Palingenesis, A Tribute to Notre-Dame
A Parisian Architect and his team of Vincent Callebaut Architectures submits a design for rebuilding Norte Dame, as a symbol of the resilient and ecological future of their city and also a hope for a contemporary Church that is open and dynamic.
In the architects own words…
On April 15, 2019, Notre-Dame cathedral, which has been keeping watch on Christian and Western culture since the beginning of its construction eight centuries ago, nearly saw its end in the historic fire that devoured its roofs as we watched on in disbelief. Reflecting the all-spiritual splendour of our material and sacred heritage, this sublime lady has undoubtedly reminded us of the frailty of our life and civilisation.
What is more, this powerful fire has awakened our dystopian imagination and somewhat echoed the Church’s current identify crisis, as well as the environmental challenges we are facing through climate change.
Now, as we start thinking about Notre-Dame‘s reconstruction, questions arise as to how we can architecturally summarise the human intelligence of our era and depict the prospects of Catholicism. More specifically: How can we write the contemporary history of our country, but also that of science, art and spirituality together? For it is hardly enough to reproduce the past as it used to be; we must project ourselves towards a desirable future, conveying to the world the thirst for transcendence that propels human beings.
Thus, we seek to present a transcendent project, a symbol of a resilient and ecological future that offers the city of Paris a set of solutions inspired by biomimicry, defined here as a common ethic for a fair symbiotic relationship between humans and nature.
A contemporary spire, a symbol of spiritual aspiration
Our Palingenesis project – in Greek meaning “rebirth”, “regeneration” – aims to assimilate the venerable stone nave, to blend in naturally as a vegetal graft harmonising in one gesture – in one single curved stroke of pencil – the roof and the spire.
From the four gables, the original geometry of the 10-meter-high attic has been respected. As we move towards the transept cross, its triangular section and steep, 55-degrees pitched roofs gradually stretch to shape a vertical spire.
Thus, respecting the inherent principles of descent of the structural loads of the building towards the flying buttresses and the inner fasciculated pillars, the four roofing lines and the four lines of the roof’s ribs bend and join together in harmony towards the sky, producing a parametric and light geometry.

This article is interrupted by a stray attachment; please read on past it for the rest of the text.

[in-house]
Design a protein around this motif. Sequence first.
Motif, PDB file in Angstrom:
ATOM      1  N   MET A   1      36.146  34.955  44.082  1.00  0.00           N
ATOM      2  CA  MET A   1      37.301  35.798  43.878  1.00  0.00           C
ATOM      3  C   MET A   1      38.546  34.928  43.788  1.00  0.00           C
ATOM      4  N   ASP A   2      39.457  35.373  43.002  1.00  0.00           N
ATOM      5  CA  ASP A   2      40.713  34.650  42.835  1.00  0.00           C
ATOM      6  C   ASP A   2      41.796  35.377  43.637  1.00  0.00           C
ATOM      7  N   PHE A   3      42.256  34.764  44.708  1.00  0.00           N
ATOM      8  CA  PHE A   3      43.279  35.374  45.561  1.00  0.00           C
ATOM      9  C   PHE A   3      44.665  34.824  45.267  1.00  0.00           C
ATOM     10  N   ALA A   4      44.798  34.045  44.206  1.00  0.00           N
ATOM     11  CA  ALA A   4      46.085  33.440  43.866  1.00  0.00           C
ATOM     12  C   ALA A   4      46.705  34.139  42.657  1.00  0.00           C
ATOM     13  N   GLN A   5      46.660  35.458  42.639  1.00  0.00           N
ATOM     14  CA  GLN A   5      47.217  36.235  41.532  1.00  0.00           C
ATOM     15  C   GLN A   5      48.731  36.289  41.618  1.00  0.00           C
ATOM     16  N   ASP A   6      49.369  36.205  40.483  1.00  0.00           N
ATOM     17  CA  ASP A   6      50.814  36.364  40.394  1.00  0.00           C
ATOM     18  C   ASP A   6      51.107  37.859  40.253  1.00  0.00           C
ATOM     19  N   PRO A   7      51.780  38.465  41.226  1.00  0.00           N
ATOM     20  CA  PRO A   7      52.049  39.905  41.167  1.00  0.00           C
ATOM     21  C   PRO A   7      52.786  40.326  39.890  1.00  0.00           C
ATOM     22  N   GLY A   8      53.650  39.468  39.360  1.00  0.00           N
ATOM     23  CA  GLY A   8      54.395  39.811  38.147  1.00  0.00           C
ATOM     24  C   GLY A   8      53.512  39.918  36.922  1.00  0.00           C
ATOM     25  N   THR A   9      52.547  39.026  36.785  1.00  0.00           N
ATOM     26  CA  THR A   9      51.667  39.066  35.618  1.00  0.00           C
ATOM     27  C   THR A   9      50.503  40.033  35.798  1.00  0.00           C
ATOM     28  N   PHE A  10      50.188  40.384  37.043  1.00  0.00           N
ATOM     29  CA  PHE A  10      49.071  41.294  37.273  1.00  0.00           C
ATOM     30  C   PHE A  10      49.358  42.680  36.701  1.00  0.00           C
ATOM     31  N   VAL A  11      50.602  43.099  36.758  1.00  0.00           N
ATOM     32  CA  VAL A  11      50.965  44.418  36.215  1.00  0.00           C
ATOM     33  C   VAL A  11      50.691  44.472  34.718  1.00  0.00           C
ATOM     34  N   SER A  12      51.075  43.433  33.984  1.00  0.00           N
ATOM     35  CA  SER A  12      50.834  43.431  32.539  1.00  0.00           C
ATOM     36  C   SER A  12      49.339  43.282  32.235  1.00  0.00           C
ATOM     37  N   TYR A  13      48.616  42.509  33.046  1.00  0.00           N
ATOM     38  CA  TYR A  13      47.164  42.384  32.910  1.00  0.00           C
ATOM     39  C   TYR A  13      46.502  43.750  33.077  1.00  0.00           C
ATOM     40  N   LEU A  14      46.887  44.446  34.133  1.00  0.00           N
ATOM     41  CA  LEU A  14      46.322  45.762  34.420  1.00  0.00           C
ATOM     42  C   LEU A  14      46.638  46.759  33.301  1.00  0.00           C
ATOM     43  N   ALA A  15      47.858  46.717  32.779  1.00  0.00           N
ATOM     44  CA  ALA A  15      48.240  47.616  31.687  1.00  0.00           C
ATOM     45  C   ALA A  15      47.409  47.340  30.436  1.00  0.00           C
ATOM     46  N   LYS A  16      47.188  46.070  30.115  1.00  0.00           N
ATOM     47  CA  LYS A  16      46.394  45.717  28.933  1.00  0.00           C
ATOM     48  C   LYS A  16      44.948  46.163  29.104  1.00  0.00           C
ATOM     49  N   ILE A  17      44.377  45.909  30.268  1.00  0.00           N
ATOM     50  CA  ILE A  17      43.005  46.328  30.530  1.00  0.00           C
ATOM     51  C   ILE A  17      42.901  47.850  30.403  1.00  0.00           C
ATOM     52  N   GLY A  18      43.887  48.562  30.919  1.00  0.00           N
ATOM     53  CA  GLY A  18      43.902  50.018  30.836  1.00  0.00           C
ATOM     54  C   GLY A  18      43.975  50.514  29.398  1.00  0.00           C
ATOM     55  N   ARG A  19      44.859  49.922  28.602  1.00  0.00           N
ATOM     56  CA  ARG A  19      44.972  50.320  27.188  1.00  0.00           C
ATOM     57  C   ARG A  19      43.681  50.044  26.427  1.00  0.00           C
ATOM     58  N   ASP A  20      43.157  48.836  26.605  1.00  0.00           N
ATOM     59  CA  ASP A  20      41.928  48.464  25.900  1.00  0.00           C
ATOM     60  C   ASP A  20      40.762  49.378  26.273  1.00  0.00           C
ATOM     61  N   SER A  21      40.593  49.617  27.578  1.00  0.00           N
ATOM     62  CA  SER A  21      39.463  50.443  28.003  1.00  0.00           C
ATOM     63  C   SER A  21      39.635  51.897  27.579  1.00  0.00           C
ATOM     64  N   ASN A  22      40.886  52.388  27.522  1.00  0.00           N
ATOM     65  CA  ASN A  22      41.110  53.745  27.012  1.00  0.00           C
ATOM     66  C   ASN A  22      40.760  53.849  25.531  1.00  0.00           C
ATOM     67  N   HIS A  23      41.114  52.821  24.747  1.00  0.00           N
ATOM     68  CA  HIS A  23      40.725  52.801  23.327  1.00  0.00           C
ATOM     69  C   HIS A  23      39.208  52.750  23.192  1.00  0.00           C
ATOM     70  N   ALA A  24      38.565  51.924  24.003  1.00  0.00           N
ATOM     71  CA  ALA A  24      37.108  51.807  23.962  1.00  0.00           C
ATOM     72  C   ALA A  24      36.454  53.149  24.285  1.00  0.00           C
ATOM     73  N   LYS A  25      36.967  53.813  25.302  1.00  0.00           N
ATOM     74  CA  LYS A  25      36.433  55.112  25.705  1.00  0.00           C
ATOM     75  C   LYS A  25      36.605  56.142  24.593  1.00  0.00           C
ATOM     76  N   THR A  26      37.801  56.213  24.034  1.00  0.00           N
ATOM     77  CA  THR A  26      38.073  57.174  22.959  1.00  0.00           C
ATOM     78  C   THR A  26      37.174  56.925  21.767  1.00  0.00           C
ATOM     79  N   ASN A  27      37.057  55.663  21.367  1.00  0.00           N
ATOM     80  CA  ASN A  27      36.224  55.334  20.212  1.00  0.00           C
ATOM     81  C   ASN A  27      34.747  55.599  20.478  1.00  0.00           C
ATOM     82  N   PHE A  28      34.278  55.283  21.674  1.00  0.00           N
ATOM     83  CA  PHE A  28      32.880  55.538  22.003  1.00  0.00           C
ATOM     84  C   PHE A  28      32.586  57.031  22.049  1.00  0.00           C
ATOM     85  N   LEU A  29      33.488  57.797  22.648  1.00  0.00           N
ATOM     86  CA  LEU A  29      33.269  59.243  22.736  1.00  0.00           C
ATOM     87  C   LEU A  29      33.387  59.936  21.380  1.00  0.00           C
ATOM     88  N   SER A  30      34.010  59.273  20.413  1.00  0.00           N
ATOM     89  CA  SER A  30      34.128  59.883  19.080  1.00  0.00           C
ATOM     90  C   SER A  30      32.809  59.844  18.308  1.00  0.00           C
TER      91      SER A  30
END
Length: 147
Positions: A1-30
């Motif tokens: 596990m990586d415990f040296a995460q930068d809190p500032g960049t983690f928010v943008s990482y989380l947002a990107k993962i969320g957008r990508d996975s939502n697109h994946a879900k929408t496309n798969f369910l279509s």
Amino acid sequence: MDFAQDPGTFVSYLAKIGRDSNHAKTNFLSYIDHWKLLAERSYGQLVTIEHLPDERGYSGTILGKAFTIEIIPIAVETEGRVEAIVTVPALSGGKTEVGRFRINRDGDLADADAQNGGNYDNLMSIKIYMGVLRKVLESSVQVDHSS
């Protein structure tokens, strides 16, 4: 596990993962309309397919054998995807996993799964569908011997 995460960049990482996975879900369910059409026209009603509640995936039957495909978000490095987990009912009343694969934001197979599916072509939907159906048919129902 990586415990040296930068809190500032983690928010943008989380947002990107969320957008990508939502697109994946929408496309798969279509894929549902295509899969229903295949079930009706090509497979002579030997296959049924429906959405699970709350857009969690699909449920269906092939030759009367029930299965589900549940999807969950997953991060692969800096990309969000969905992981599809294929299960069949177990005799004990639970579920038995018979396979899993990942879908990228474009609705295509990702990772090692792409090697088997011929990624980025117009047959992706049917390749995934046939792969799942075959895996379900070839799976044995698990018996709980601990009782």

Constructed with cross laminated timber beams pre-stressed with carbon fibre slats , the new oak frame seeks to use the minimum amount of material to ensure a low-carbon footprint while offering the greatest transparency to the cathedral.
Transparency, sharing and openness to our society’s development: such are the ideas conveyed by this new, diaphanous forest of Notre-Dame, outlining the new face of the Church in the 21st century. A dynamic, agile and contemporary Church.
It’s pure and elegant architecture invites us to elevate our spirituality and adopt a much-needed and overly altruistic and humanistic stance towards the world around us, with a view to better preservation.
The four great hip rafters are oriented towards the cardinal points. Between the four ridges which give the roof its sophisticated character, their curves reincorporate one above the other the monumental, wrought-copper statues of the 12 apostles, and the tetramorphs symbolising the evangelists. Fortunately, these 16 statues, work of Adolphe-Victor Geoffroy-Dechaume, had been removed four days before the fire for restoration.
The rooster located and found in the rubble the day after the disaster will crown the spire again; in this position, it should remain the “spiritual lightning rod” and protector of the faithful.
The new architecture of the spire, like a shroud raised from the keystone of the transept crossing, evokes the rebirth but also the mystery of the cathedral and the resurrection of Christ. And under the shroud, life and renewal emerge. Notre-Dame dazzles the world again while amplifying her universal message of peace and her spiritual aspiration.
A solar ventilated roof